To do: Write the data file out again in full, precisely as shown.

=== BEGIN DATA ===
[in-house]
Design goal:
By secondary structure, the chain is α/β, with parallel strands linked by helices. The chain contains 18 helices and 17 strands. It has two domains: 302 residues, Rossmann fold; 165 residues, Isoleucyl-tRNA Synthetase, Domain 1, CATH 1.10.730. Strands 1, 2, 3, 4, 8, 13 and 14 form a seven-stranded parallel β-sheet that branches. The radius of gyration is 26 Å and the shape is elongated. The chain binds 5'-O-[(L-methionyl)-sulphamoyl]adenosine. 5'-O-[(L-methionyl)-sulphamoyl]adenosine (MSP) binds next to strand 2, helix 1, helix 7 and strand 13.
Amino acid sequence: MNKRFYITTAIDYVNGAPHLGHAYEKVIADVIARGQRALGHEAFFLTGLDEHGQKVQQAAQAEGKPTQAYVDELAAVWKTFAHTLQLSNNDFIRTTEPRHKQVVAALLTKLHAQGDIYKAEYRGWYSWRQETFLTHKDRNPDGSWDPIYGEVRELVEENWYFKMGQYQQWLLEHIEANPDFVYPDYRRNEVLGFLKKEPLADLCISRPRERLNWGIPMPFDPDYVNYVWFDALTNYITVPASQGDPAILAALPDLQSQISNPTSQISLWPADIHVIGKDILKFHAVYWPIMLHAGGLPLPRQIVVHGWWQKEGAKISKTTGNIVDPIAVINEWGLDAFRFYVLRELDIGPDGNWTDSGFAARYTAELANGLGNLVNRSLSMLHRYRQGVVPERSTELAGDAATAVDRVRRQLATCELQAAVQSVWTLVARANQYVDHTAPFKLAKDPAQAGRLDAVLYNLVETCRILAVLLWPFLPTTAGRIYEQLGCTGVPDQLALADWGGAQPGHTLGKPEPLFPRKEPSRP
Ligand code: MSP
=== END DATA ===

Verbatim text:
[in-house]
Design goal:
By secondary structure, the chain is α/β, with parallel strands linked by helices. The chain contains 18 helices and 17 strands. It has two domains: 302 residues, Rossmann fold; 165 residues, Isoleucyl-tRNA Synthetase, Domain 1, CATH 1.10.730. Strands 1, 2, 3, 4, 8, 13 and 14 form a seven-stranded parallel β-sheet that branches. The radius of gyration is 26 Å and the shape is elongated. The chain binds 5'-O-[(L-methionyl)-sulphamoyl]adenosine. 5'-O-[(L-methionyl)-sulphamoyl]adenosine (MSP) binds next to strand 2, helix 1, helix 7 and strand 13.
Amino acid sequence: MNKRFYITTAIDYVNGAPHLGHAYEKVIADVIARGQRALGHEAFFLTGLDEHGQKVQQAAQAEGKPTQAYVDELAAVWKTFAHTLQLSNNDFIRTTEPRHKQVVAALLTKLHAQGDIYKAEYRGWYSWRQETFLTHKDRNPDGSWDPIYGEVRELVEENWYFKMGQYQQWLLEHIEANPDFVYPDYRRNEVLGFLKKEPLADLCISRPRERLNWGIPMPFDPDYVNYVWFDALTNYITVPASQGDPAILAALPDLQSQISNPTSQISLWPADIHVIGKDILKFHAVYWPIMLHAGGLPLPRQIVVHGWWQKEGAKISKTTGNIVDPIAVINEWGLDAFRFYVLRELDIGPDGNWTDSGFAARYTAELANGLGNLVNRSLSMLHRYRQGVVPERSTELAGDAATAVDRVRRQLATCELQAAVQSVWTLVARANQYVDHTAPFKLAKDPAQAGRLDAVLYNLVETCRILAVLLWPFLPTTAGRIYEQLGCTGVPDQLALADWGGAQPGHTLGKPEPLFPRKEPSRP
Ligand code: MSP